The 2020 Devo SOC Performance ReportTM presents security professionals’ responses to a variety of survey questions related to people, processes, and technologies within their security operations center (SOC). One of the more interesting topics in the report is the role security automation technologies can play in improving SOC performance and alleviating analyst stress caused by overwork and performing repetitive, mind-numbing tasks, which can lead to analyst burnout.
Respondents were asked to choose which actions they felt could alleviate the pain and frustration experienced by SOC teams. Automation was the top response.
This post covers three use cases SOC teams can address by automating analyst workflows:
- Detect previously seen “known threats” without analyst intervention
- Validate the severity of threats for proper prioritization and resolution
- Augment Tier-1 analysts to improve team retention and effectiveness
Use case #1: Detect already-known threats — without analyst intervention
The key to successfully deploying automation as part of a next-gen security information and event management (SIEM) solution is identifying the areas of SOC analyst workflow where automation can be most effective. One of the best use cases for automation in the SOC is detecting known threats—malicious code that has been seen previously. Security teams can build playbooks to effectively automate the mundane steps related to detecting those known threats. This gives analysts, especially well-paid senior analysts, more time to focus on higher-level, critical tasks.
Use case #2: Validate the severity of threats for proper prioritization
Threat actors use automation to deploy constantly changing advanced persistent threats (APT) in their unending effort to breach enterprise security. They automatically execute a flood of attacks and diversions that can overwhelm even the best human analysts. It’s time for SOCs to use automation to thwart these efforts and level the playing field.
Every SOC typically has an explicit incident-handling procedure in place, defining processes, procedures, and technologies. When analysts see threat activity, the SOC automation playbook goes into action to validate how serious a threat is and any damage it may have caused. Without an automation playbook, analysts would have to do a tremendous amount of manual work, such as searching firewall logs to see if all malicious activity was successfully blocked. This would give adversaries more time to accomplish their missions. Automation is a big step toward eliminating that advantage.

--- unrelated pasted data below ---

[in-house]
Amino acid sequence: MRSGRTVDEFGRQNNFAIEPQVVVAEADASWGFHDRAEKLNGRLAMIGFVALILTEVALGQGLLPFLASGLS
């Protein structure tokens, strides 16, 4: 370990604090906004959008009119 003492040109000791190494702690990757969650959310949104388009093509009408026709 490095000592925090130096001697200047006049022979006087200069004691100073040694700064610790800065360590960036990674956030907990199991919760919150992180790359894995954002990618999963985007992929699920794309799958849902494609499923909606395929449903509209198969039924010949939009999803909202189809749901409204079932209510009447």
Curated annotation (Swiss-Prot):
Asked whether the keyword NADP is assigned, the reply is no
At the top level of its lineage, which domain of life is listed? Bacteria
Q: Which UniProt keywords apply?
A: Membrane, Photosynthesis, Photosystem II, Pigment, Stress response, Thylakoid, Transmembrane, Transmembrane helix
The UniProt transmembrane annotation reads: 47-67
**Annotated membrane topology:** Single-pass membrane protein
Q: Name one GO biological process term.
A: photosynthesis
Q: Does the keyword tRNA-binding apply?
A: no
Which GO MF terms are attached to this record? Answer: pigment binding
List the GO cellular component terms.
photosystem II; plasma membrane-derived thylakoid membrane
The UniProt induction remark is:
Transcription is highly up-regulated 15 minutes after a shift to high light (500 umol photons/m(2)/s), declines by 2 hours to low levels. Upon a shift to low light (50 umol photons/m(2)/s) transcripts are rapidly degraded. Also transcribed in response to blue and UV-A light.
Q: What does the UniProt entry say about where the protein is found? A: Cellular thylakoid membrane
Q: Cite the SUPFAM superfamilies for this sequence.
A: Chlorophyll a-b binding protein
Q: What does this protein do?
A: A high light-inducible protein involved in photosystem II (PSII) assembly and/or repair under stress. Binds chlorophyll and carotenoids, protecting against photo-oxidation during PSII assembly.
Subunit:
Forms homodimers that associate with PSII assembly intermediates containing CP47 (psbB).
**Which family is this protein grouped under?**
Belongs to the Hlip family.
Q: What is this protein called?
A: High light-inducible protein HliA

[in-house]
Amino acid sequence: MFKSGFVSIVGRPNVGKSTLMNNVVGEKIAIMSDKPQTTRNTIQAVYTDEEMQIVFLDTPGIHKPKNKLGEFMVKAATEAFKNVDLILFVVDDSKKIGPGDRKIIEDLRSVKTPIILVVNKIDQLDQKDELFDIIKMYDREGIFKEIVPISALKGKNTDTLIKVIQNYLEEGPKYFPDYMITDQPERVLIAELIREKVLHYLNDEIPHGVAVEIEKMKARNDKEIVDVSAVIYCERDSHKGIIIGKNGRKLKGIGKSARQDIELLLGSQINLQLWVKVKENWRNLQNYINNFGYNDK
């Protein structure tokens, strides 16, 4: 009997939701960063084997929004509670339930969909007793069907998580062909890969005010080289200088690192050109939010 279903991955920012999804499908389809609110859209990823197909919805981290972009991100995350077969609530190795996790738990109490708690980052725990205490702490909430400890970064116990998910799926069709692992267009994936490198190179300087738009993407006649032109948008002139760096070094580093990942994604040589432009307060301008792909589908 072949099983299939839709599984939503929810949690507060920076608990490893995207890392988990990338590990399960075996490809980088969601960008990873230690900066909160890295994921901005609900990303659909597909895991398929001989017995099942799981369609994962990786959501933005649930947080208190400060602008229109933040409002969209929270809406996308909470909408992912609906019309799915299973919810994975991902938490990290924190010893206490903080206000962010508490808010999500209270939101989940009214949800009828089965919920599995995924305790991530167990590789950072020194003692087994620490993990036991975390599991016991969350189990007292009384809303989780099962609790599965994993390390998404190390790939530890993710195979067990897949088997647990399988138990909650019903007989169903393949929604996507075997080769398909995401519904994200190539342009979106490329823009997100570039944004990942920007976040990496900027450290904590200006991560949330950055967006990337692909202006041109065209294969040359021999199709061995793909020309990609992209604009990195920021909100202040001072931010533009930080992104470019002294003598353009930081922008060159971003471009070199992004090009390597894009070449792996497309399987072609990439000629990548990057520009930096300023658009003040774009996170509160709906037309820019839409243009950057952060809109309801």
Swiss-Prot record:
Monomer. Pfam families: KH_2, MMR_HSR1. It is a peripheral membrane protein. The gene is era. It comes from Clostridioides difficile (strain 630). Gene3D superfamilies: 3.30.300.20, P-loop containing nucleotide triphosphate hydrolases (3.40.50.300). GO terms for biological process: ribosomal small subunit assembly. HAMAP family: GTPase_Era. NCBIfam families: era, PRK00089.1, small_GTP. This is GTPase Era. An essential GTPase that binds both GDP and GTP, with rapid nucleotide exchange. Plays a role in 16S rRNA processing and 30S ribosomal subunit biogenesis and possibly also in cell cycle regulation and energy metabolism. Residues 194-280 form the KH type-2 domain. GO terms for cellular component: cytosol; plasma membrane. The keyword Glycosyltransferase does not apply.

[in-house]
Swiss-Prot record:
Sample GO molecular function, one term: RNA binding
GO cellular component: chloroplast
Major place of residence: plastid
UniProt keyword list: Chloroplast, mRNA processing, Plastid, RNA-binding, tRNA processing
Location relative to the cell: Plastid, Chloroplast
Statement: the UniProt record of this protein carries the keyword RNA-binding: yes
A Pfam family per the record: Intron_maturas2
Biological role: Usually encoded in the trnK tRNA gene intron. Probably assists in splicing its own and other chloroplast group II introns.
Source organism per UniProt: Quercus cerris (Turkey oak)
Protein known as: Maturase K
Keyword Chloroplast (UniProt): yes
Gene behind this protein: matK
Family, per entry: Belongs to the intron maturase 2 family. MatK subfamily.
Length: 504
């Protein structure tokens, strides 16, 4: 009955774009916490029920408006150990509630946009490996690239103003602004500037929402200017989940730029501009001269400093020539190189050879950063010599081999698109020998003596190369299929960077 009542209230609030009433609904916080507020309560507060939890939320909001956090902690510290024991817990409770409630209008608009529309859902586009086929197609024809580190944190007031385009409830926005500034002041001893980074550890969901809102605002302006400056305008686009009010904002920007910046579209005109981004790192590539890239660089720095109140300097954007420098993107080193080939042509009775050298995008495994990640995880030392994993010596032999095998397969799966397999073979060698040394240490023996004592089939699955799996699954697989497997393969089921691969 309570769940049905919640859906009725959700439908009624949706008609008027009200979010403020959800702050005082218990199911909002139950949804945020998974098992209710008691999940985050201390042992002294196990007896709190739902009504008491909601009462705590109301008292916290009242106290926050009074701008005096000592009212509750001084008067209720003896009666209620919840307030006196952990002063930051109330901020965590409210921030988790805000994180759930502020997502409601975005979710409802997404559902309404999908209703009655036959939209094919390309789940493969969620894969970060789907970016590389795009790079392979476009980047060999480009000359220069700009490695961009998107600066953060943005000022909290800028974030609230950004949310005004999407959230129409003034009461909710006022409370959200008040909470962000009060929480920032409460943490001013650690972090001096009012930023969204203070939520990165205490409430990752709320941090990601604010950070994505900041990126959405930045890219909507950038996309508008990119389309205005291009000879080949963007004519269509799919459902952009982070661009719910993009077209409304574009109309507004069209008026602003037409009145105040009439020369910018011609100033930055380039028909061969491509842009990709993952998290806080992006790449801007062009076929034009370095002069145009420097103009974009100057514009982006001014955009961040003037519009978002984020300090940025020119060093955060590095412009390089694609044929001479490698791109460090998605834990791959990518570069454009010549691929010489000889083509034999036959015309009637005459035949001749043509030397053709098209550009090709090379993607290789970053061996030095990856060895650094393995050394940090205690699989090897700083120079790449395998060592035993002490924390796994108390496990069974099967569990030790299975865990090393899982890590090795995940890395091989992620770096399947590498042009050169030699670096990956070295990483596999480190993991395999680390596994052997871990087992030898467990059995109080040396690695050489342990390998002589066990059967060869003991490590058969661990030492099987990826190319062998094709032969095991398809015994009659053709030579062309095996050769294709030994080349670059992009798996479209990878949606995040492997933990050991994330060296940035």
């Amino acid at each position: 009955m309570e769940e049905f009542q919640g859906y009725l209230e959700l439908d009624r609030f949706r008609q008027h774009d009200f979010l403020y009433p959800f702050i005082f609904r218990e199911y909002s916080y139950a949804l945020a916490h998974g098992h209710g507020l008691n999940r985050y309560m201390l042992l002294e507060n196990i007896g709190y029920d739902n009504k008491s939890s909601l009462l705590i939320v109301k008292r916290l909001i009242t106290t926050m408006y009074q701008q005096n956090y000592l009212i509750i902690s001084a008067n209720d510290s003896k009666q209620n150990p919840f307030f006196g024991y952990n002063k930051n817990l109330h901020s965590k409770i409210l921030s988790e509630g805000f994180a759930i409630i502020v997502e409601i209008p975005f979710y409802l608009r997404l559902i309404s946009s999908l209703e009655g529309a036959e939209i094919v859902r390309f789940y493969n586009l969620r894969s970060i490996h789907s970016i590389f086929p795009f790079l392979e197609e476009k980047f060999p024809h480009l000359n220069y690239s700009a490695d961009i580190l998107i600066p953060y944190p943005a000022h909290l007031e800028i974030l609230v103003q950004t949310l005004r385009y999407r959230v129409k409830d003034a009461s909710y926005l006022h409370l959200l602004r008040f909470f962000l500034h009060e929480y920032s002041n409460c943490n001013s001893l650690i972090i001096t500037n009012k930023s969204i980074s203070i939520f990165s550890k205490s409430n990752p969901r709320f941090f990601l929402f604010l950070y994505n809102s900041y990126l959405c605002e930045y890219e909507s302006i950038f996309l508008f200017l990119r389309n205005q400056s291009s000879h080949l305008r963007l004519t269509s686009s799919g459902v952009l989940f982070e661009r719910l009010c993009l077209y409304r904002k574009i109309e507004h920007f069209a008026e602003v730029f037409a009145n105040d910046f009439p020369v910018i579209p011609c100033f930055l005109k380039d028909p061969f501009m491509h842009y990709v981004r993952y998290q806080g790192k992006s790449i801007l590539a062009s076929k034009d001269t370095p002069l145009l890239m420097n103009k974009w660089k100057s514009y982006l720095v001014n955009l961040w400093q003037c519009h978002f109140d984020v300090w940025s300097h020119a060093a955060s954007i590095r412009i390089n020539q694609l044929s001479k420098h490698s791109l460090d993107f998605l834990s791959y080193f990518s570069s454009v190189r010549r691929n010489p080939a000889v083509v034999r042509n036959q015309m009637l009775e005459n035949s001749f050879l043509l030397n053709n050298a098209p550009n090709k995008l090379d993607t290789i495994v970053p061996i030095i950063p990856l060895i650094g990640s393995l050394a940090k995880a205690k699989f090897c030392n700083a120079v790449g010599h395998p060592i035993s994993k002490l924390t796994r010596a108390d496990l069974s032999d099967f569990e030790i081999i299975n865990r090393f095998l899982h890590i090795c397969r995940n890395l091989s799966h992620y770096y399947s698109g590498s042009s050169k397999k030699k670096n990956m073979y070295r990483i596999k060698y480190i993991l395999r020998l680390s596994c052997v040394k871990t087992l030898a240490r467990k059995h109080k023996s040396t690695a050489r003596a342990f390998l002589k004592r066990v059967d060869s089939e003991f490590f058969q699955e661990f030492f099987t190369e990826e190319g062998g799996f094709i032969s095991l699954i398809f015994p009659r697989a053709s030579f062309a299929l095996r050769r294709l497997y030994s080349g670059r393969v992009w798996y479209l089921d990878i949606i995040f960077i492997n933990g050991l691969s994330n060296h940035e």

Use case #3: Augment and power up your Tier-1 analysts
When security analysts hear the word automation, they may jump to the conclusion that it means they will be replaced by machine learning and artificial intelligence technologies. That’s not what I’m proposing. I’m talking about how automation can augment analysts, particularly the Tier-1s who spend a lot of time glued to screens searching for threats and hoping they don’t miss anything that could cause a major problem.
Automation makes the SOC operate more effectively and efficiently, while freeing analysts from routine, boring tasks no one wants to do and which contribute to unacceptably high levels of burnout. Automating those mundane tasks enables analysts to do what they do best—focus on the threats that really matter to their organization.
Automation also can enhance junior analysts’ career development. Automating routine tasks gives Tier-1 analysts more time for training and development. It enables them to collaborate with experienced colleagues on the critical work of identifying and stopping the most dangerous threats. Organizations get a team of better trained, more experienced analysts who have greater job satisfaction. This means they are more likely to stay with the organization long term because they know they are making a meaningful contribution to its success.
For more insights on SOC technology, including how to supercharge analysts with the power of automation, download the new Devo eBook Building the Modern SOC.